Hudson's Fall Minneapolis Tour, Part 2: Rock For Karl Benefit

Two nights ago, I made my way to the second of five trips to Minneapolis in a five week period. Two weeks ago, it was the Twins ill-fated attempts to overtake the Yankees in the divisional playoffs. For this trip, my friend Traci and I made our way to the Quest (formerly Prince's Glam Slam) for an all-star benefit for Soul Asylum's Karl Mueller, who is battling throat cancer.

Unlike my other trips (besides the Twins, I have Wilco, Paul Westerberg and the Pixies in the next few weeks), we opted for the old drive-up/drive-back method. Twenty years ago this was a pretty typical occurrence. Of course, my body was much better-equipped for long days and late nights.

We left town at 10:30. The drive was relatively uneventful but the conversation flowed easily. We hit downtown Minneapolis around 2:30 and parked a few blocks away from the Quest. Traci had never been to Brit's, so we had lunch and a drink (or three) before starting our walk to the bar. We made a detour at Let it Be Records, and I must say that I was proud of myself for not spending any money. But I had spent plenty of cash on my last visit to town two weeks ago.

There was a bit of a line outside the Quest, but it was only fifteen minutes or so before they started letting us in. We immediately wandered upstairs and positioned ourselves directly opposite the stage. Around 6:30, Sarah Guthrie and her husband came onstage for a short set. Guthrie is the granddaughter of Woody Guthrie and the daughter of Arlo. Her set was pleasant, but not real exciting. Marc Perlman of the Jayhawks came onstage for a couple of songs (I guess he's on their upcoming record which was produced by Gary Louris and Polara's Ed Ackerman).

Around 7:00 came the first of many highlights. God, aka Paul Westerberg, rambled onstage. Holding up his "postage-sized setlist", his short set included tracks from most of his solo albums ("First Glimmer", "What a Day (For a Night)", "Lookin' Up in Heaven") along with two 'mats tunes ("I Will Dare" and "Swingin' Party") and a surprise cover of Elvis Presley's "Kentucky Rain". It was beyond great, but I needed more. I guess I'll have to wait two weeks until his shows at the Pentages.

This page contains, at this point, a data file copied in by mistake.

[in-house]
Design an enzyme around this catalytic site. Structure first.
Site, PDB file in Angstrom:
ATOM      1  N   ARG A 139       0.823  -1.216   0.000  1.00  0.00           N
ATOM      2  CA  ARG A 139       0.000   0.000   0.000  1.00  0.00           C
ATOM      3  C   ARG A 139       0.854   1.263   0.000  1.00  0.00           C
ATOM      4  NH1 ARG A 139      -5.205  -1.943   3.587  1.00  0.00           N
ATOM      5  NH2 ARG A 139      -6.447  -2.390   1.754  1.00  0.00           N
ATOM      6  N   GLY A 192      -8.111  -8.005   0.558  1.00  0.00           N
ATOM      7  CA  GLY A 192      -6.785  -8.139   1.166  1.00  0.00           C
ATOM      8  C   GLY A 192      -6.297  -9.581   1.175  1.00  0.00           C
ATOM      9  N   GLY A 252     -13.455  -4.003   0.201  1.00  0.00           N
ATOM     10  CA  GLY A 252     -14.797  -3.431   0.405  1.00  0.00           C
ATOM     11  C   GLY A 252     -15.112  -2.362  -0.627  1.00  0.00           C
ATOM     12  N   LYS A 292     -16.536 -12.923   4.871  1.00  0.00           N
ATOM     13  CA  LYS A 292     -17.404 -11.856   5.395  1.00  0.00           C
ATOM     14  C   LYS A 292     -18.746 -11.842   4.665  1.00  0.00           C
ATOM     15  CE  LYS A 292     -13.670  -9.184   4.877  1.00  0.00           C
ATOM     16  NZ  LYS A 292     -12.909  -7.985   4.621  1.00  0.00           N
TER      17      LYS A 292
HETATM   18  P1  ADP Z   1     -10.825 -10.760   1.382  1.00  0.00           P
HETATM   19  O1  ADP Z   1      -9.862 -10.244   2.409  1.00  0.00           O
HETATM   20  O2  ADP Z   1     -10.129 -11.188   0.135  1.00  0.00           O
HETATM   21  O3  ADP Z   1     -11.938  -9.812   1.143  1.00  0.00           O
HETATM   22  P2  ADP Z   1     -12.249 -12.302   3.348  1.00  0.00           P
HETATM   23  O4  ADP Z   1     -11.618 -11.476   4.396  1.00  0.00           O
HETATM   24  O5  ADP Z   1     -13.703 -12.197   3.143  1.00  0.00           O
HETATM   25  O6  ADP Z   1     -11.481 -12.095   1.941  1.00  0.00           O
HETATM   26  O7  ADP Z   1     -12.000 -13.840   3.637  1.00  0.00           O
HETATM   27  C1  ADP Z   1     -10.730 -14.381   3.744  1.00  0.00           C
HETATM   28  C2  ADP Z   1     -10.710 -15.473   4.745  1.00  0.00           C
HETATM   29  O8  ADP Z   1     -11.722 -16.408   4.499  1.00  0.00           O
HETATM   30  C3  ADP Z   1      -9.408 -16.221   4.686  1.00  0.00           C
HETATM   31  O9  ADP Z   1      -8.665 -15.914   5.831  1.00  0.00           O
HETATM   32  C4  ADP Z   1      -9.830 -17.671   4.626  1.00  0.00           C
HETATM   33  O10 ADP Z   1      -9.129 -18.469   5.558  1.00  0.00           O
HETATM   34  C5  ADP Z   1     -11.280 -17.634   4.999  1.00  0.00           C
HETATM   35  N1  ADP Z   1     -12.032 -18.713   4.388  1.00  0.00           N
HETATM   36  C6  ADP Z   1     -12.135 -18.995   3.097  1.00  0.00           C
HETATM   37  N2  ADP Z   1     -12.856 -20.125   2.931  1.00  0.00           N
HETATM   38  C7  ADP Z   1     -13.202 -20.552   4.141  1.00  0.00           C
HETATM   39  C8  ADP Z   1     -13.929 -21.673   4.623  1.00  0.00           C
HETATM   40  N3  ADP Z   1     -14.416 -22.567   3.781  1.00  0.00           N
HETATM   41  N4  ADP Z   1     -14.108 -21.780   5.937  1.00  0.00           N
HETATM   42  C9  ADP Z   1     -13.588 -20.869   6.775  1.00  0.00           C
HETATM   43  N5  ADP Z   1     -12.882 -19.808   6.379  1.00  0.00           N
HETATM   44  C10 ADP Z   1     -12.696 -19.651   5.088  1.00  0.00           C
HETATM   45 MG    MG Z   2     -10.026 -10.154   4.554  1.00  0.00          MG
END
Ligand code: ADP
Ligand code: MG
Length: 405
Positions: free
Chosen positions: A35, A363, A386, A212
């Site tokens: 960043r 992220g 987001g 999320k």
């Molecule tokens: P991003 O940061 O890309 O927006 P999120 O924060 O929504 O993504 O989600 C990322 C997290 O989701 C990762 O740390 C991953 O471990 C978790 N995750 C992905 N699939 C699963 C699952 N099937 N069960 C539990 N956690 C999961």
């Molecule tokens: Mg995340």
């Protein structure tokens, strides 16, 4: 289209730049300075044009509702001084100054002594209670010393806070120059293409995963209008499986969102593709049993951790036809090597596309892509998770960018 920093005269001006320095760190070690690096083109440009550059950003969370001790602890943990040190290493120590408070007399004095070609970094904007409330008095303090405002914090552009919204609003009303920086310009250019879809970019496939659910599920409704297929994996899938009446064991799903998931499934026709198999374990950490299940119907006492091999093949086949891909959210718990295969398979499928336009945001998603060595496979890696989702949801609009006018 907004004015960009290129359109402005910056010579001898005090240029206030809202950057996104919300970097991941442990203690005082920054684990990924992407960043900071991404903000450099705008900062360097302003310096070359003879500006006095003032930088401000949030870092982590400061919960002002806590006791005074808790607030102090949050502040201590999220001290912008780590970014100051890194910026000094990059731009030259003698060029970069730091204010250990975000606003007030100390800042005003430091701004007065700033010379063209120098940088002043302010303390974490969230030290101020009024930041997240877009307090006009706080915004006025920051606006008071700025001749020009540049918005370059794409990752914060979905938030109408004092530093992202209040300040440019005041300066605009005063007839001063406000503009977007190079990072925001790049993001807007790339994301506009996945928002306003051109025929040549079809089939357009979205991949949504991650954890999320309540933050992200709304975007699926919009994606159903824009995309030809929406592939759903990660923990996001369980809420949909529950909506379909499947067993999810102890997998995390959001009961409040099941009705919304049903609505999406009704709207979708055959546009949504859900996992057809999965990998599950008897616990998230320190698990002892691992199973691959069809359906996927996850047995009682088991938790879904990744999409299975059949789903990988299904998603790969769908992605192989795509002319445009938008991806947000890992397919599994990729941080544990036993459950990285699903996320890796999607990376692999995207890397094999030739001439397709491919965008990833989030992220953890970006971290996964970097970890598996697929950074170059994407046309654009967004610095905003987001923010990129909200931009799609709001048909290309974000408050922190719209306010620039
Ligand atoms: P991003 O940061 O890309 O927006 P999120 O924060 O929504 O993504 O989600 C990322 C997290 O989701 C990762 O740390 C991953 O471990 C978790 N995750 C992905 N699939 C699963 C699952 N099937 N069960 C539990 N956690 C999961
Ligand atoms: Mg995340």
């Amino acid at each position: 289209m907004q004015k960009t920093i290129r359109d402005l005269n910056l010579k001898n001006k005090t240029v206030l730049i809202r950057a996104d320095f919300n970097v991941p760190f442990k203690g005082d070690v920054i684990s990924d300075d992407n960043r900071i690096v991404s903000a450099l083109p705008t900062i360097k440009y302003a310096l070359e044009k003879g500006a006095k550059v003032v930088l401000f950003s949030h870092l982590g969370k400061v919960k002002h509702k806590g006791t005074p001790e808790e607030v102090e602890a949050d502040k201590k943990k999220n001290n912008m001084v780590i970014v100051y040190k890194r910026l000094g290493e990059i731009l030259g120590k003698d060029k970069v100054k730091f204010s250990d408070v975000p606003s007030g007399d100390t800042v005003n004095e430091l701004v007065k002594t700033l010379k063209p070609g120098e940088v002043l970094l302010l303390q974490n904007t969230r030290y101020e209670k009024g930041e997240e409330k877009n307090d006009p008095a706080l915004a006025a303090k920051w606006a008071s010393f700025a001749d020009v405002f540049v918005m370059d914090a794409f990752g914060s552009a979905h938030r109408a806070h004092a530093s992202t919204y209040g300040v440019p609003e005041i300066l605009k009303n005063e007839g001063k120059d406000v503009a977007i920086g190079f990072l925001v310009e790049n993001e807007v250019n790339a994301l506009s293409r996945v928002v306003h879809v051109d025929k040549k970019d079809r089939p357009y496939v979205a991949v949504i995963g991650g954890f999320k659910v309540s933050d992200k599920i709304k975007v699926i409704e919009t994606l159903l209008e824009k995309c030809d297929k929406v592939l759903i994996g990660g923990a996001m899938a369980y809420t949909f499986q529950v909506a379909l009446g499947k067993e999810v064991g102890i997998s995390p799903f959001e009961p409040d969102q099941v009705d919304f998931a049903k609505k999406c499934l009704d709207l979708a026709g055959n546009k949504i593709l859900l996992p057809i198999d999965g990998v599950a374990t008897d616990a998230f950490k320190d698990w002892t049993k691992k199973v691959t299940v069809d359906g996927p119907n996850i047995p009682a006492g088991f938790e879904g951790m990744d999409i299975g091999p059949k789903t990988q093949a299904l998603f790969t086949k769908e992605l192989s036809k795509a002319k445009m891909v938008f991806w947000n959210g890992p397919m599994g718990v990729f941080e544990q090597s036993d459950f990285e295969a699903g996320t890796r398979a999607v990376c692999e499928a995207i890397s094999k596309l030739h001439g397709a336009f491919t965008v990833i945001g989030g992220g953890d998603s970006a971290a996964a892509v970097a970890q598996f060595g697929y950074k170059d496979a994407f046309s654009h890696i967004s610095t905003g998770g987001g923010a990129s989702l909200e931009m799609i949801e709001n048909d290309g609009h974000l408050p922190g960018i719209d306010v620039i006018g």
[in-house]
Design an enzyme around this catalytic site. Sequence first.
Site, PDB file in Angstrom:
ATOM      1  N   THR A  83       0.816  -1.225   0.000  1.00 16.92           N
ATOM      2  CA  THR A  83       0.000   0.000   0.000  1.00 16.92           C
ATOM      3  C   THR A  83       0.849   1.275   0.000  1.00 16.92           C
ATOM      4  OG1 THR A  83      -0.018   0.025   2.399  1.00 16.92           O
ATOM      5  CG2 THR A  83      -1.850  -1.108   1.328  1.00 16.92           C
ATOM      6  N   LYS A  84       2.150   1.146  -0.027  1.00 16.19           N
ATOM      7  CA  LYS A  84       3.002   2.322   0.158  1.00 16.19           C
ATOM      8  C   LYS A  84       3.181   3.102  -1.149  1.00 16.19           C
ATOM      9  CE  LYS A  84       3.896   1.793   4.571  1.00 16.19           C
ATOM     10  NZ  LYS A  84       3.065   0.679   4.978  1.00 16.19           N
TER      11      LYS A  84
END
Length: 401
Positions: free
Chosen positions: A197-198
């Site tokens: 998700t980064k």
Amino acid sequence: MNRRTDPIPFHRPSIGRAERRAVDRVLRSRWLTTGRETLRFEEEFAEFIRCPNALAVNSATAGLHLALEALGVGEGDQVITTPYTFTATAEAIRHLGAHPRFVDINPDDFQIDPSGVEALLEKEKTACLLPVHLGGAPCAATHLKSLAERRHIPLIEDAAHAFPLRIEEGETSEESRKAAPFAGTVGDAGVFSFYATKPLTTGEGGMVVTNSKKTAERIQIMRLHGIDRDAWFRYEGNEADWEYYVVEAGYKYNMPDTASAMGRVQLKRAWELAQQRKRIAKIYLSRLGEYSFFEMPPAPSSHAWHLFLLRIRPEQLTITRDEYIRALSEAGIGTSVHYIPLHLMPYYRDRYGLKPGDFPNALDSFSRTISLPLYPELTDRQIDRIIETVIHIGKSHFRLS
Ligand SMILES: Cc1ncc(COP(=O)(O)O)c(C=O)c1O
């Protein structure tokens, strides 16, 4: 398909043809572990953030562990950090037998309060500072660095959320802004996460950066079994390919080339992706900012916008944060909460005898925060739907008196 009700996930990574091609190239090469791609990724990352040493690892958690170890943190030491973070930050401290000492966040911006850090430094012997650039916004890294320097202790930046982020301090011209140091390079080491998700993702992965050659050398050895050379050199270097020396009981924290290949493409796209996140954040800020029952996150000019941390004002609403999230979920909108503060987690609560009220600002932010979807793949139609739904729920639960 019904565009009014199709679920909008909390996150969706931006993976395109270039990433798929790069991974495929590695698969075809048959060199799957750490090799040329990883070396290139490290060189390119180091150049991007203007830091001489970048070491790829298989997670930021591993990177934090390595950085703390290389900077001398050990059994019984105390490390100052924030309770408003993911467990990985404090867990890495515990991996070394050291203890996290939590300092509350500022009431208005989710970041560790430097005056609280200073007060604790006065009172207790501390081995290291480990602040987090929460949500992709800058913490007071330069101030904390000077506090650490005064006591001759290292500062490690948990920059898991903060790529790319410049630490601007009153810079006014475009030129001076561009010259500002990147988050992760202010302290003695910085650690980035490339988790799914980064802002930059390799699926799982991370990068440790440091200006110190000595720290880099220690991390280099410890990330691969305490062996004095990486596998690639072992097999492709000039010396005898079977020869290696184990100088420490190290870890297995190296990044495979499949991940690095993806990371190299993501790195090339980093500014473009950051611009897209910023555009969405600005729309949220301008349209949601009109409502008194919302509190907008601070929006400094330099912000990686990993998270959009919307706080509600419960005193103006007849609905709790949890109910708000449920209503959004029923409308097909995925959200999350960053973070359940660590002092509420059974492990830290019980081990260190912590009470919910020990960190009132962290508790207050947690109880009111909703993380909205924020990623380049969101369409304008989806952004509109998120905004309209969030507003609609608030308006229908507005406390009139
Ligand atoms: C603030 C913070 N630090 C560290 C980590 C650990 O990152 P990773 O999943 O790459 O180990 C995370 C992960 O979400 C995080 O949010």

Soul Asylum was up next. It's been some time since I saw these guys, and I must say that I was pleasantly surprised. They played a bunch of new songs that sounded better than anything off their past couple of albums. Mueller, who has reportedly fully recovered, seemed awed by the response from not only the crowd but the other musicians that were on the bill. "Even if it wasn't for me, I'd be here," he said before the set's finale, "Somebody to Shove".

Next up was Bob Mould. Again, I hadn't seen Mould since the final Husker Du tour. Onstage with just his electric, Mould also mixed brand new unreleased tunes with a few of his classics. Suddenly, there was another guitarist onstage. At first, I thought it was Husker Du bassist Greg Norton, but it turned out to be drummer Grant Hart. Hart and Mould have reportedly not spoken since Husker Du's split, so this was a great surprise as they ran through "Hardly Getting Over It"and "Never Talking to You Again".

At this point, the effects of the long day were starting to appear. There was a lengthy delay, and the crowd around us was beginning to feel overwhelming. I was also a little frustrated that the video capture feature of my digital camera would not allow for zoom, but I was taking a ton of pictures. The schedule said that the Gear Daddies were up next, but it didn't look like Martin Zellar and crew. For one thing, there was a female drummer.

When the music started, it certainly wasn't the Gear Daddies. Who the hell was singing? Traci started yelling, "it's Paul". It was...well, actually it was Grandpaboy singing the Stones' "Dead Flowers" with Golden Smog. Think about was members of the Replacements, Soul Asylum, and the Jayhawks playing together for the first time ever. It was a late 90's Minneapolis music fan's dream.

Unfortunately, Paul was off the stage after that one song. Golden Smog was also missing Gary Louris and Wilco's Jeff Tweedy, but it was hardly noticeable. Besides a great version of the Kink's "Sunny Afternoon", the band ripped through an hour's worth of GS favorites. Steve Wynn of the Dream Syndicate also made a surprise appearance towards the end of the set.

At this point, we decided to take off. The Gear Daddies were due up next, and we had no desire to see them play those same songs they've lived off of for the past fifteen years. We searched all over town for a coffee shop and hit the road. An hour into the drive we ran into a deep, deep fog that made the drive close to unbearable. But it probably also kept us awake. We limped into Sioux Fall around 3:30, and five hours later I was at my desk trying to stay awake...but I don't regret a minute of it.

The Tribune says $50,000 was raised towards Mueller's $80,000 medical bill. $3500 was collected for a guitar signed by Bruce Springsteen and the E Street Band.


Anonymous said…
that was a fucking amazing show...has anybody found any recordings yet?

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